Could Your Children Be Affected by Hearing Loss?

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Tips and Tricks for Managing Your Own Health

Hi, Mia here! Just after I got pregnant with my first child, my husband and I decided to spend a few months abroad. While it was a great experience, I made the mistake of not learning the language before I left. Getting antenatal care was difficult when I couldn't communicate with the doctors, so I had to start learning things for myself. I enjoyed it so much, I decided to continue even when I got back home to Australia. This blog is filled with everything I've discovered over the years about managing your own health (and your family's health!) with and without medical intervention.


Could Your Children Be Affected by Hearing Loss?

5 July 2017
 Categories: , Blog

Many parents might complain that their children don't listen to them. Part of this is probably your children simply pretending not to hear you when you call out to them, along with the sometimes distracted nature of being a child—not hearing you because their attention is focussed elsewhere. But what about when the issue seems to be an actual tangible problem with your child's hearing? Hearing loss in children is of course something that is deeply concerning for all parents. How can you tell if it's an issue that your child is facing, and what can you do about it?

Warning Signs

It might be that your child seems to not be able to hear you when you're in the same room, speaking directly to them. It might take a couple of tries in order to get their attention. You should also consider any recent school reports—anything that indicates that their academic progress seems to be slowing down. Is is possible that they are not thriving at school because they are unable to correctly hear their teacher? You might also notice that they watch the television at an inordinately loud volume. Naturally these issues are hardly conclusive, but they might warrant further investigation.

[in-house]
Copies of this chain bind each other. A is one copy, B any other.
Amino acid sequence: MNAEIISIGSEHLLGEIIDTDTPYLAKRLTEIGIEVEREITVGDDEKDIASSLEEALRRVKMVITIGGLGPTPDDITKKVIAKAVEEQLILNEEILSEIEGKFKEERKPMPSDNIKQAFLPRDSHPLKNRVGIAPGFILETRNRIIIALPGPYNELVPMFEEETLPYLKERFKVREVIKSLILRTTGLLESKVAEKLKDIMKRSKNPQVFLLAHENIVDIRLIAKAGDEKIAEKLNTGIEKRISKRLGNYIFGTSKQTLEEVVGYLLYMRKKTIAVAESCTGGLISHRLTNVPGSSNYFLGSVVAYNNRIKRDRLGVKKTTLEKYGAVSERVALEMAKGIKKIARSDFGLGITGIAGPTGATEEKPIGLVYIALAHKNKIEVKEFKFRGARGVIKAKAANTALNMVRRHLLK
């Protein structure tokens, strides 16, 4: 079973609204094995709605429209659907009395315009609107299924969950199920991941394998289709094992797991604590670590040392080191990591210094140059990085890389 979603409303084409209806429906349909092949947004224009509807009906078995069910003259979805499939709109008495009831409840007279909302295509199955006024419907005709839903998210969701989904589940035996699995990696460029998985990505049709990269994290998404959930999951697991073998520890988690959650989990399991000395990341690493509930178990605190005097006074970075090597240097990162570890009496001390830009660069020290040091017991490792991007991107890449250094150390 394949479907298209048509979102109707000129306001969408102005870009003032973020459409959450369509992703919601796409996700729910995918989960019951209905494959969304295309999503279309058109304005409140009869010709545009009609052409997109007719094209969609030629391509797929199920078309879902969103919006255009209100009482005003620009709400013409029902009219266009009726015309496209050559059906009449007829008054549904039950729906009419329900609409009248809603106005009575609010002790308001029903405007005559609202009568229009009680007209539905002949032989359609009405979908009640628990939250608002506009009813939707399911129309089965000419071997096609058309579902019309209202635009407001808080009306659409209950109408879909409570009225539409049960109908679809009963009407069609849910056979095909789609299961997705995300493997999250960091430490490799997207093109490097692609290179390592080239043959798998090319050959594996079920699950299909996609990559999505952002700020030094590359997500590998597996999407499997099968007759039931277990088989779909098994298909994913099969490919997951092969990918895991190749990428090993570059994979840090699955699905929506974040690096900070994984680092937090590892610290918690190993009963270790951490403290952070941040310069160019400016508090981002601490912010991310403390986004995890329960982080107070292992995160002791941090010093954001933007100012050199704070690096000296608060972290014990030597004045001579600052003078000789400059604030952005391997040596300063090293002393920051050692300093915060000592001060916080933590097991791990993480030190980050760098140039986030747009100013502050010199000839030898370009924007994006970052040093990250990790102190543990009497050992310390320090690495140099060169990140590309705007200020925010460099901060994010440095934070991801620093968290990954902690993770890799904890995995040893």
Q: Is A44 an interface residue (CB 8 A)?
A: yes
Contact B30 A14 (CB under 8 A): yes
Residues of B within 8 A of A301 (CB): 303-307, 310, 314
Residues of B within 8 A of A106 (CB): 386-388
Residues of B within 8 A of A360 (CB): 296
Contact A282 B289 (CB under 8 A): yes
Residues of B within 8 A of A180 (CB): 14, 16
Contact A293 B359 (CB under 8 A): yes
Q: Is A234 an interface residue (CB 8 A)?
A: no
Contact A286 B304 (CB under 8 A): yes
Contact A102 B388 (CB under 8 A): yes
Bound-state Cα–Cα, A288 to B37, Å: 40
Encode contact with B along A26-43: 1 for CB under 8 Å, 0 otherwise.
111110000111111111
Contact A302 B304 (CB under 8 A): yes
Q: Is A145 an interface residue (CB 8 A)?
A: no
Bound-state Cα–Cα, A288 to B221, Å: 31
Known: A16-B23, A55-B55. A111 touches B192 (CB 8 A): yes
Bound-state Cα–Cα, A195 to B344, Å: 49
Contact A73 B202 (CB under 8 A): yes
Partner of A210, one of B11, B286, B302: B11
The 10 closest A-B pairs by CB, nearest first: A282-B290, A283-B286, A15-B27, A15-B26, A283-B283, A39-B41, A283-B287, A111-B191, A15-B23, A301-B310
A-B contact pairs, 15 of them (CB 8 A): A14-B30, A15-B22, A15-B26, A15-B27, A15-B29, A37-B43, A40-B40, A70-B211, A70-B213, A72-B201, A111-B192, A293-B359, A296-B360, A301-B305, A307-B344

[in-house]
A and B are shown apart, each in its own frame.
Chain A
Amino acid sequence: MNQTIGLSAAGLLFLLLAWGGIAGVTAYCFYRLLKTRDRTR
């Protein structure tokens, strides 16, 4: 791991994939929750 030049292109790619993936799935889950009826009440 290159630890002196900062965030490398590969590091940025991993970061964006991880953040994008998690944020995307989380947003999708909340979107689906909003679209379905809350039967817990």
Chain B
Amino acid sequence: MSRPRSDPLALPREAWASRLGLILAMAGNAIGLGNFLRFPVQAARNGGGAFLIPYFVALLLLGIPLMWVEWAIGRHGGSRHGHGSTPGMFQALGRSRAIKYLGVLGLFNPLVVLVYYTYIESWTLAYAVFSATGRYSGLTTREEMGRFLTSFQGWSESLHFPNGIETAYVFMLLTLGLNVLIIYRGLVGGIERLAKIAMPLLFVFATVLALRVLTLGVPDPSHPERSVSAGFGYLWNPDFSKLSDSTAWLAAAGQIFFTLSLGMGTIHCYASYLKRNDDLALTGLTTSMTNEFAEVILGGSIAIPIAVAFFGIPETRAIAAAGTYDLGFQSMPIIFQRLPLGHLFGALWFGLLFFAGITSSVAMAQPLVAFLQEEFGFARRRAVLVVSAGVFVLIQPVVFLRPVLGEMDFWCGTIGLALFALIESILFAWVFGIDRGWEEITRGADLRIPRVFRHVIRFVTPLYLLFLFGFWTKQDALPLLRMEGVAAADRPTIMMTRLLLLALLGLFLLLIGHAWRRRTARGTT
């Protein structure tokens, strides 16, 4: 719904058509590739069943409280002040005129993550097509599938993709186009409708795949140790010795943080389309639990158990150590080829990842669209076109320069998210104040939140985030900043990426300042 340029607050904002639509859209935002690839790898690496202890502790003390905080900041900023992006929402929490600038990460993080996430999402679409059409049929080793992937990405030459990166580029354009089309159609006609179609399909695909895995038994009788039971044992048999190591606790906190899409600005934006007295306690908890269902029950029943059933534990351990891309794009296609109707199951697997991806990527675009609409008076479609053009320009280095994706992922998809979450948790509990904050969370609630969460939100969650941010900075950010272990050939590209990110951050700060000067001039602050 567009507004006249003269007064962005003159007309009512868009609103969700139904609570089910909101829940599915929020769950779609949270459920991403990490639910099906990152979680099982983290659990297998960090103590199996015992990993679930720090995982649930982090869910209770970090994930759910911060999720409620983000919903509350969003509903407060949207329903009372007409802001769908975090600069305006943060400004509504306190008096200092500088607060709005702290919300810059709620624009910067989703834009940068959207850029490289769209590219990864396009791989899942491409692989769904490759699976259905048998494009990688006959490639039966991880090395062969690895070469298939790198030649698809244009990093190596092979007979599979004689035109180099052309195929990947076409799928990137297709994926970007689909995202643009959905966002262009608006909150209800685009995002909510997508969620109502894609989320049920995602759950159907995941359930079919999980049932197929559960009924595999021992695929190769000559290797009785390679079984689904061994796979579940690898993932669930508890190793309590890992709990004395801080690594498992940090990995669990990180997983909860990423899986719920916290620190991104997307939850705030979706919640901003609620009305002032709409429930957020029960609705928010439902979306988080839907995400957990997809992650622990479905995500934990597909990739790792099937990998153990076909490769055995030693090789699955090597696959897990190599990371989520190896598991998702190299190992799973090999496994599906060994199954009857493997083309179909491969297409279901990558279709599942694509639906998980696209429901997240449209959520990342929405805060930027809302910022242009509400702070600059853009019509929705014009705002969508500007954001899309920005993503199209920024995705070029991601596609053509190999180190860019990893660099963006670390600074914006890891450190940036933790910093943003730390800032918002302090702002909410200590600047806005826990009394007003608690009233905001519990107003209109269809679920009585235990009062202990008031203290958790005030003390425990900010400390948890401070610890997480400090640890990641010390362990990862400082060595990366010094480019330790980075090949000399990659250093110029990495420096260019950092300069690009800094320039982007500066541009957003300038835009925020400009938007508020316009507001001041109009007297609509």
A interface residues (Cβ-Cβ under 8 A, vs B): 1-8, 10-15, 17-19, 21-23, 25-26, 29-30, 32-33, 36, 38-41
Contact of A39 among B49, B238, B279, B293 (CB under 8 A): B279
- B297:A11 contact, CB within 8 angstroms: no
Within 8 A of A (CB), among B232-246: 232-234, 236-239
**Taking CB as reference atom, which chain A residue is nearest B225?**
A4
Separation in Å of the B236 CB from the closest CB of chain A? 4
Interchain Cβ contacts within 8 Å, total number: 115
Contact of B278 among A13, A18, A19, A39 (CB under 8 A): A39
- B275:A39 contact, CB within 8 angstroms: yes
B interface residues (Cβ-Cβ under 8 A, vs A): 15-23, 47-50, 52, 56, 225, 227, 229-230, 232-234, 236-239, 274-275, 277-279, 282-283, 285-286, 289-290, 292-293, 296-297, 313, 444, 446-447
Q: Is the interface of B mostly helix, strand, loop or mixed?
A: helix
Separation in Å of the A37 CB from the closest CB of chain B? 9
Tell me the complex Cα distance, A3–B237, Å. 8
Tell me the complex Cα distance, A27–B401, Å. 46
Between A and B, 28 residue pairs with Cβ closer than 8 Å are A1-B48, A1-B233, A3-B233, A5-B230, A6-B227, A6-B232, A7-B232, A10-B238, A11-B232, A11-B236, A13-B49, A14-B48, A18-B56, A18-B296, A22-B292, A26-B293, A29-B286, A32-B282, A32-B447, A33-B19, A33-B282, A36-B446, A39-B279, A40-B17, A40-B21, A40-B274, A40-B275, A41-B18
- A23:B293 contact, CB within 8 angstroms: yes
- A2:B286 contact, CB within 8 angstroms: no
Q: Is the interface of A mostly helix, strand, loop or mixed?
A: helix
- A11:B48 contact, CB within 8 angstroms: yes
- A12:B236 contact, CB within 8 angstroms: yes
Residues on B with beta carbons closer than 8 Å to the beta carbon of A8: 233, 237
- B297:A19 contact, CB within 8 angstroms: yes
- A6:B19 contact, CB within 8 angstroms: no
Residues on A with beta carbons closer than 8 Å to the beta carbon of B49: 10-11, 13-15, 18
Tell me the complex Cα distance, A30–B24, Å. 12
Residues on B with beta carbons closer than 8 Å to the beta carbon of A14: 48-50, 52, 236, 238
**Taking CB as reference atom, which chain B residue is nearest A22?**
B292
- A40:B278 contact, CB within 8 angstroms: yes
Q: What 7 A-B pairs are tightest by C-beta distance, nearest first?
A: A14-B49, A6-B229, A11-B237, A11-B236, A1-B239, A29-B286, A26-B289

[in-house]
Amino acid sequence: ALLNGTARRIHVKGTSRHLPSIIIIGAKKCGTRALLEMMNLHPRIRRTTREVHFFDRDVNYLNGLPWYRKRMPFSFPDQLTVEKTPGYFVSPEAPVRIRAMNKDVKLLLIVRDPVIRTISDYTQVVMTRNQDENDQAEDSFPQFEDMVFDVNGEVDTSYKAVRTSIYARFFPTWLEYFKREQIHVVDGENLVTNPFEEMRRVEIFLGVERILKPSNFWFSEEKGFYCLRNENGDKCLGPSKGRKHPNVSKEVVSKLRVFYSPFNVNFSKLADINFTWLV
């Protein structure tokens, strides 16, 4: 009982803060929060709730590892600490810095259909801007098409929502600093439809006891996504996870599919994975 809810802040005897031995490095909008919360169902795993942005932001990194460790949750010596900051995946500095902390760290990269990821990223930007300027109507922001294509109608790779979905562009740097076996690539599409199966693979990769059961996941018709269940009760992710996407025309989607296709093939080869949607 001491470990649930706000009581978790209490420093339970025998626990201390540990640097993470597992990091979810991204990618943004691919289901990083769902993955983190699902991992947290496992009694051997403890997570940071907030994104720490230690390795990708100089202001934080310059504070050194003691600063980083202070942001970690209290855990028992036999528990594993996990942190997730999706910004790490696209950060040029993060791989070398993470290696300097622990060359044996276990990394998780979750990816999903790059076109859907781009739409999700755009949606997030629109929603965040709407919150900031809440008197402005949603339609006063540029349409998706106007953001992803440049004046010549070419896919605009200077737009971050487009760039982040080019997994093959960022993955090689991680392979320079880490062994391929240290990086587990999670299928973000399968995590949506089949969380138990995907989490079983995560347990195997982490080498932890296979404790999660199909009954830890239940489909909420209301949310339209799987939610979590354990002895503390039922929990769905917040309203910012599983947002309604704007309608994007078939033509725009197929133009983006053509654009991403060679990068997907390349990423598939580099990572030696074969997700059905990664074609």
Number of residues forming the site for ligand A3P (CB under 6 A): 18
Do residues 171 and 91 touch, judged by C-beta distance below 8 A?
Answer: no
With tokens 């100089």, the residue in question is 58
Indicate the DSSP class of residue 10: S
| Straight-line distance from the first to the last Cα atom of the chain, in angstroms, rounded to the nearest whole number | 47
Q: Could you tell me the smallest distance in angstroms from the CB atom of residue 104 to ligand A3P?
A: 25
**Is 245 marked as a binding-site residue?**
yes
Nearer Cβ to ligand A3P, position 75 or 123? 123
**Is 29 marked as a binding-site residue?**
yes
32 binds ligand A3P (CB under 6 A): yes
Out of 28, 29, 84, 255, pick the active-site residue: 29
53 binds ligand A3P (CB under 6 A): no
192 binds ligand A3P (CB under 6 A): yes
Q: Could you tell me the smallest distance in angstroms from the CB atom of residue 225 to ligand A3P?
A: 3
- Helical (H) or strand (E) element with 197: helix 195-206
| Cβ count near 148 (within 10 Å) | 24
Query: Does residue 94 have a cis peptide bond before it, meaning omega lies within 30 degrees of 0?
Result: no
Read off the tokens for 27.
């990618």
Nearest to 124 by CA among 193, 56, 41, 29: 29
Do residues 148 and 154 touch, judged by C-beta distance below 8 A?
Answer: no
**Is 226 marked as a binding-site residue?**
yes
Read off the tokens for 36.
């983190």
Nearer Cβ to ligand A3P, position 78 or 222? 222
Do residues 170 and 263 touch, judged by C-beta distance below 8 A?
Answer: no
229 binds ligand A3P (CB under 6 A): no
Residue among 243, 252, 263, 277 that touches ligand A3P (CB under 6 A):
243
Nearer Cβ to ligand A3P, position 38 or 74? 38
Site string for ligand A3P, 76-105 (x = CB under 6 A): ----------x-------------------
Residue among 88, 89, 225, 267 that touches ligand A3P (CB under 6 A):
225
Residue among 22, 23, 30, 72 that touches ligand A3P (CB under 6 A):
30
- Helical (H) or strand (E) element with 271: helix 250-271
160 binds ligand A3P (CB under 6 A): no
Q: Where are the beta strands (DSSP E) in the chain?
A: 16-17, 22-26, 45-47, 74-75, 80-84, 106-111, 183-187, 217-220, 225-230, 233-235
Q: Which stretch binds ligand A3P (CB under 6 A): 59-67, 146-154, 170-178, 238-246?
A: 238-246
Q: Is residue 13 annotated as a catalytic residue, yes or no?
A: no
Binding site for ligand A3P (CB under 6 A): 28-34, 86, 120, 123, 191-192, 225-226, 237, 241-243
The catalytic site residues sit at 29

Your First Port of Call

Take your child to your GP if you are at all concerned. Your GP will be able to rule out a number of causes, and treat many that might be evident. It might be that there's a buildup of wax in the ear canal, which can be immediately (and sometimes messily) syringed. They will also be able to diagnose an inner ear infection which might be causing the hearing issues and then prescribe antibiotics as necessary. If there is not an immediately obvious cause for the hearing issues, then your GP will likely refer you to an audiologist.

Further Assessment

The best way forward will depend on the actual diagnosis. Hearing aids are generally a viable solution, and often the only necessary one—although a cochlear implant might be suggested in the event of a degenerative issue in order to avoid total hearing loss. This is often coupled with speech therapy in order to allow your child to still enunciate clearly. Of course, this is not an exhaustive list and there are many different types of treatments (and hearing aids) available.

Sometimes hearing loss in children is temporary and easy to solve. But when the issue might be more serious, it's important to take action as quickly as possible.